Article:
This is a question we occasionally get from our clients when we meet with them to sign their closing documentation.  In general, most people are familiar with other kinds of insurance, but typically are not well informed on the topic of Title Insurance.

A good place to begin a discussion as such is to begin at the beginning – What is Title? Title is a term that refers to legal ownership of a property.  When you buy a property, the owner transfers title to that property to you by signing a deed over to you.  The transfer is subsequently registered in the Government’s land registration system.  When purchasing a property  you are essentially purchasing title to a property, not merely the building or land.

Title insurance is an insurance policy that protects the title to a property.   Title to a property may be affected by a range of interests or claims that may ultimately affect your ownership.

In Ontario, Title Insurance is not mandatory.  The alternative to obtaining title insurance is to have what is known as a “Solicitors Opinion on Title”.   In that scenario, your lawyer would do a number of searches, including a search with the tax department, zoning and utility companies to ensure that there are no issues.  Each search comes with its own cost, and title insurance is not only faster than waiting to receive the responses to said searches,  but it is also cheaper.  The insurance policy offers a broader coverage than the solicitors opinion of title and the policy will last as long as the purchaser owns the property.. Further, most lenders will insist upon mortgagee title insurance so as to insure their interest in the property.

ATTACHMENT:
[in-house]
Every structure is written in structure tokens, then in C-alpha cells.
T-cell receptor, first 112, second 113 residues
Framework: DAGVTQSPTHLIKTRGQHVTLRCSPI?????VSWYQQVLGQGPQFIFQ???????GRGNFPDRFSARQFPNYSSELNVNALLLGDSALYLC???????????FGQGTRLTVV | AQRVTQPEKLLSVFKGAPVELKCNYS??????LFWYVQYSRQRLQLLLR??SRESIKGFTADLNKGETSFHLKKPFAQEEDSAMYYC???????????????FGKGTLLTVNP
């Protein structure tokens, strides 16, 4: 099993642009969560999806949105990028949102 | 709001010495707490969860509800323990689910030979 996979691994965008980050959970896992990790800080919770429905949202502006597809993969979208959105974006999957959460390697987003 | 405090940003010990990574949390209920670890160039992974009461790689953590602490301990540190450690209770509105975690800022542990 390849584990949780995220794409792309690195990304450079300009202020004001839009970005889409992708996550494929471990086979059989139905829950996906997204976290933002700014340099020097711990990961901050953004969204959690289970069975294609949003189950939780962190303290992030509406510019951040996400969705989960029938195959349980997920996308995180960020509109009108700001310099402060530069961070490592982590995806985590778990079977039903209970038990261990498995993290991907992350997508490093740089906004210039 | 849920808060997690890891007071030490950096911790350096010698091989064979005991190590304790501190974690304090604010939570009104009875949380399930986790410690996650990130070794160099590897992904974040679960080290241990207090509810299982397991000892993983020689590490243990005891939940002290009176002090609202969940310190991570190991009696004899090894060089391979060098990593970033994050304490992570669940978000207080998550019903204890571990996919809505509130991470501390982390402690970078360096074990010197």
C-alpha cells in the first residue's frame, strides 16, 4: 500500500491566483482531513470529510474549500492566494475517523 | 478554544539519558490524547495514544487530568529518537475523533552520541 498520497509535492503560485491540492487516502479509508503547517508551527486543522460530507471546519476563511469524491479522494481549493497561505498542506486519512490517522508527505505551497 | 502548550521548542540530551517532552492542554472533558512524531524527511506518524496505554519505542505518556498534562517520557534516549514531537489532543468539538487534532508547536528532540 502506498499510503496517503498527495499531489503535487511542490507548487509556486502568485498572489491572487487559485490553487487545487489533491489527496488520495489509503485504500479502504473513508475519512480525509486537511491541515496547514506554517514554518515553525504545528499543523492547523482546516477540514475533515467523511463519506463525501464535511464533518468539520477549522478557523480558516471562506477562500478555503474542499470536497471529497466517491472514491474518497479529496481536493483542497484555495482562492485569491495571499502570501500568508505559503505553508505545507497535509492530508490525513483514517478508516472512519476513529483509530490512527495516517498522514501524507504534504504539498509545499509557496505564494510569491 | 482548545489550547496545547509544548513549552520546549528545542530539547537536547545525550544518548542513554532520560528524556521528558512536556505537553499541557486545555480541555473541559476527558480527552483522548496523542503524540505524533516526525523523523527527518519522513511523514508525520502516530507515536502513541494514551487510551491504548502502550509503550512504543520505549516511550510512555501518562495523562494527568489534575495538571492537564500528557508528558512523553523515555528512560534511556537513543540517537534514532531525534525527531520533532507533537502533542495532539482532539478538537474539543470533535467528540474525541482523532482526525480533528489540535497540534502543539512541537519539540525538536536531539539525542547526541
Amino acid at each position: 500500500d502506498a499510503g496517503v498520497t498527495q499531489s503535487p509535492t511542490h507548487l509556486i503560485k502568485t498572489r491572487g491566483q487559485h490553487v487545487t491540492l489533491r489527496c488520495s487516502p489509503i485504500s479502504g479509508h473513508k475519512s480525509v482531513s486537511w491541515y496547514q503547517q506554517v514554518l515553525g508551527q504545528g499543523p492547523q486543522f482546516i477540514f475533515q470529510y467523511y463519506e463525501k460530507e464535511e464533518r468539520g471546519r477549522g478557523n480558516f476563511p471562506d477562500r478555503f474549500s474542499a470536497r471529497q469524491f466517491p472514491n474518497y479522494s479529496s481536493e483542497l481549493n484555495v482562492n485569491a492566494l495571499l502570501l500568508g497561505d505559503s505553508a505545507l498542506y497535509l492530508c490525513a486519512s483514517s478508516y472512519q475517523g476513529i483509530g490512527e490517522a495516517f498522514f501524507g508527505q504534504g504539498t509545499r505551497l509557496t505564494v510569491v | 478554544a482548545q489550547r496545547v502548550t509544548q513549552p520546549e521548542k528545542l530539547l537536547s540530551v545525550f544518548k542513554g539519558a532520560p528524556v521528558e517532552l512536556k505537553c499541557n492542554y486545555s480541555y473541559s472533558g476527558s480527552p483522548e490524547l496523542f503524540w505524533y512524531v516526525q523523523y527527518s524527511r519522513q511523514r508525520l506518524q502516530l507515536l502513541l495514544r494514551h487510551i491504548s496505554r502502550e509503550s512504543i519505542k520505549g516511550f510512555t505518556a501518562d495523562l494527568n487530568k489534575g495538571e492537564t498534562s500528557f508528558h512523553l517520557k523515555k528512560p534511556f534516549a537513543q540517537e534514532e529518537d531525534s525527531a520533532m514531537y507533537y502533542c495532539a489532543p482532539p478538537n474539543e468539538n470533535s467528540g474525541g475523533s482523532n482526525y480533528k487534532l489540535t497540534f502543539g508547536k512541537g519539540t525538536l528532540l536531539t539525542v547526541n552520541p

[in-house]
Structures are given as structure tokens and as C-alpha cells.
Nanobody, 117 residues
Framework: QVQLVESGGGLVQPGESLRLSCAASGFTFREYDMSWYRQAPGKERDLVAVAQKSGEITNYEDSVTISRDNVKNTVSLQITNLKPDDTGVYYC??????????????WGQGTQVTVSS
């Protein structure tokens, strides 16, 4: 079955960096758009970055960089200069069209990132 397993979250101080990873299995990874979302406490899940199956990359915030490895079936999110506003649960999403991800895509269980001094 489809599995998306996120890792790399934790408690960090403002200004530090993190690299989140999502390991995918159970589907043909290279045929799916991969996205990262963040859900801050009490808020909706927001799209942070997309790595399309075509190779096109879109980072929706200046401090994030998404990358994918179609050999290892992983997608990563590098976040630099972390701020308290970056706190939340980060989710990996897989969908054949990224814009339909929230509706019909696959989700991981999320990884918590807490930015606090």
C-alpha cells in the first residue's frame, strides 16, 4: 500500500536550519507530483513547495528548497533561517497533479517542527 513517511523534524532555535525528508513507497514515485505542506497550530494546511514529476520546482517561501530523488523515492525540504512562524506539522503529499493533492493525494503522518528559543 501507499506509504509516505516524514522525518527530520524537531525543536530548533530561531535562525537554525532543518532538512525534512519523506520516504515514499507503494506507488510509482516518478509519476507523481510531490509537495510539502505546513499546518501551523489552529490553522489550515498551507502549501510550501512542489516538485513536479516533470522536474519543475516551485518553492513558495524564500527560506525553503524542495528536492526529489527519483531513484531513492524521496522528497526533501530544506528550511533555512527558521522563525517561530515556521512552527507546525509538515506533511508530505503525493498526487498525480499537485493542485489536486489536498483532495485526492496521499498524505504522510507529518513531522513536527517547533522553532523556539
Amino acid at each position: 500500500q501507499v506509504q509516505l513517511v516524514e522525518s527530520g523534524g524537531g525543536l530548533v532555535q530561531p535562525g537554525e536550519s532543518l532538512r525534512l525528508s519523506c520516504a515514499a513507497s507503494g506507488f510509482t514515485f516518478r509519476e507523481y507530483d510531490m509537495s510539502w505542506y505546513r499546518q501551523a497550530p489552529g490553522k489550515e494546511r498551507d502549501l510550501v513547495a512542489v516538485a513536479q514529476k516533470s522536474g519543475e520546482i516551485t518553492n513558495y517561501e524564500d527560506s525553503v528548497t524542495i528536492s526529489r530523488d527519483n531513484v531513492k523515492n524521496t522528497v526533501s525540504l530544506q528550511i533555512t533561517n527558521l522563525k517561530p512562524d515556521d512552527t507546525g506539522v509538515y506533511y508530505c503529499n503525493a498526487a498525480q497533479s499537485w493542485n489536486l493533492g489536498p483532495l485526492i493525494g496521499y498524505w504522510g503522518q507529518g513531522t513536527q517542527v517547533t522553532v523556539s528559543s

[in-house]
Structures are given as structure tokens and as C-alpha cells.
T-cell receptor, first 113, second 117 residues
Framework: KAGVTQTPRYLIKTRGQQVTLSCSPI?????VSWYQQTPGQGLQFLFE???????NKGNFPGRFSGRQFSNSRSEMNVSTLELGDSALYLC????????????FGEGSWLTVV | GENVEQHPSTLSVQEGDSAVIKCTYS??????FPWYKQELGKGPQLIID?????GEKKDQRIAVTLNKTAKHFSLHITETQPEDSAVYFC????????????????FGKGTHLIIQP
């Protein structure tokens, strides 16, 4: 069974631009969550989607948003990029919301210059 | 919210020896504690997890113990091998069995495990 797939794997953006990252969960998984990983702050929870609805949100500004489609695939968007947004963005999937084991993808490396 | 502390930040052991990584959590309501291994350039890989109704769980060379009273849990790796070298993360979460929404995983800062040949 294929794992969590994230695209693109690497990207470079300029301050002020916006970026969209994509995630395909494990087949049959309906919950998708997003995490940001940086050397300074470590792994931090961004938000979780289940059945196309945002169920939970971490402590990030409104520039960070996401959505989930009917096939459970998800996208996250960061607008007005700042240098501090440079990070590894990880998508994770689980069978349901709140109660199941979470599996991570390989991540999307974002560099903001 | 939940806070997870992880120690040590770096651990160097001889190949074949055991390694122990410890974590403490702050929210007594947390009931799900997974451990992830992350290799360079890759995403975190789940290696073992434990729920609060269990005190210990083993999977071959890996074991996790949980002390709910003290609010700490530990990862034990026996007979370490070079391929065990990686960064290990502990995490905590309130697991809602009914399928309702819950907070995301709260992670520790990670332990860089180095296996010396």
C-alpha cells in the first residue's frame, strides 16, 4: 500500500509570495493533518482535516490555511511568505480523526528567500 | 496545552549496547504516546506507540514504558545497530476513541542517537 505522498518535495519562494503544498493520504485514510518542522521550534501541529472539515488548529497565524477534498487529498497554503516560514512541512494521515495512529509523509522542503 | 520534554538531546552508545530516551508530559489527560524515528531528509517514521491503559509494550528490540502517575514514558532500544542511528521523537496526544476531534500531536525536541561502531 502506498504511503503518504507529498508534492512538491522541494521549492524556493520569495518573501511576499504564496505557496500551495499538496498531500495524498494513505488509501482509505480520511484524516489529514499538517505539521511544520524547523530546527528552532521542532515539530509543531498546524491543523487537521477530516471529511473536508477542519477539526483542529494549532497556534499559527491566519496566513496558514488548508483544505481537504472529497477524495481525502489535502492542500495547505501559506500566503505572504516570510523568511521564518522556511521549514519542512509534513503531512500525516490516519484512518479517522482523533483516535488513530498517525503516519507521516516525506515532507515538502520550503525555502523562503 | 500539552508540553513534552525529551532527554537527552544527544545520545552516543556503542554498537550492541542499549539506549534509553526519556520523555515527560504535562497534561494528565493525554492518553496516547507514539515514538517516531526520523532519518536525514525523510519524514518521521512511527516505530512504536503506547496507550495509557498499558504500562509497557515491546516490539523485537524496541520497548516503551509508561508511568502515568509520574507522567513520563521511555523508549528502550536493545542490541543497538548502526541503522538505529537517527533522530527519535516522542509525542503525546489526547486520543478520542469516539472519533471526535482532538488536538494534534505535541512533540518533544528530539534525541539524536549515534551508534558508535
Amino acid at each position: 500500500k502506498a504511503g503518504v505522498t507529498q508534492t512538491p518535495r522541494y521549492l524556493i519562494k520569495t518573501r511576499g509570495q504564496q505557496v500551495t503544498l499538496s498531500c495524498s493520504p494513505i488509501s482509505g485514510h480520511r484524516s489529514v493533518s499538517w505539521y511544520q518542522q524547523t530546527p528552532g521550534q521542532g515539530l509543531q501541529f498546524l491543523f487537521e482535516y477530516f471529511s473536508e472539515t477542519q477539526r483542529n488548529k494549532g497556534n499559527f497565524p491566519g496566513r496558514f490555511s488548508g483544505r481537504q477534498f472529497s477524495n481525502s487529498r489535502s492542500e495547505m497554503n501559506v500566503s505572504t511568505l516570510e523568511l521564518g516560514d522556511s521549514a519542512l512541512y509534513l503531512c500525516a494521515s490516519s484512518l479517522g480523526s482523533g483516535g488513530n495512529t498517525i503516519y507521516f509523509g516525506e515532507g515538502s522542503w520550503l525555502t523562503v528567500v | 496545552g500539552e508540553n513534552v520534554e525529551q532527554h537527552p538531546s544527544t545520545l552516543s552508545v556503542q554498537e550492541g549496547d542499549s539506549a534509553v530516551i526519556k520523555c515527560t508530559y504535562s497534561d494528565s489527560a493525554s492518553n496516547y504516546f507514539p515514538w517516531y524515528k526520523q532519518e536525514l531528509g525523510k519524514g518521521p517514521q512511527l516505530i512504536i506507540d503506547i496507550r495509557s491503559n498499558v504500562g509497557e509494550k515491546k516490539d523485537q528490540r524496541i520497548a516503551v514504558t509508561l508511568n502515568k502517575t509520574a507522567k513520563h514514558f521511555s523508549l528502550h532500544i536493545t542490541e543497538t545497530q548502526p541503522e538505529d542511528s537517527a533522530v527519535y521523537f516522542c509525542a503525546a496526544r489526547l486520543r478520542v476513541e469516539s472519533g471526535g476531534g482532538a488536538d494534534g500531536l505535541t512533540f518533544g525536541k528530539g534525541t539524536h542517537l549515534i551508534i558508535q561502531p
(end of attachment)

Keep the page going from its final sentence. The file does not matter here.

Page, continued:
To be clear, title insurance insures over issues, however it does not cure them.  A title insurance policy may provide coverage to losses such as title defects, existing liens (eg. unpaid taxes), encroachment issues, title fraud and so on.

A fairly recent Ontario Court of Appeal case was found in favour of homeowners who found that a load bearing wall was removed by previous owners rendering an entire floor of their home unsafe.  The appeal court held that the title insurer was responsible to pay out for this claim.  For a one time cost, these buyers were protected when they otherwise would not have been.  The advantages of going with Title Insurance are clear.

If you have any further questions on this topic, please contact us.





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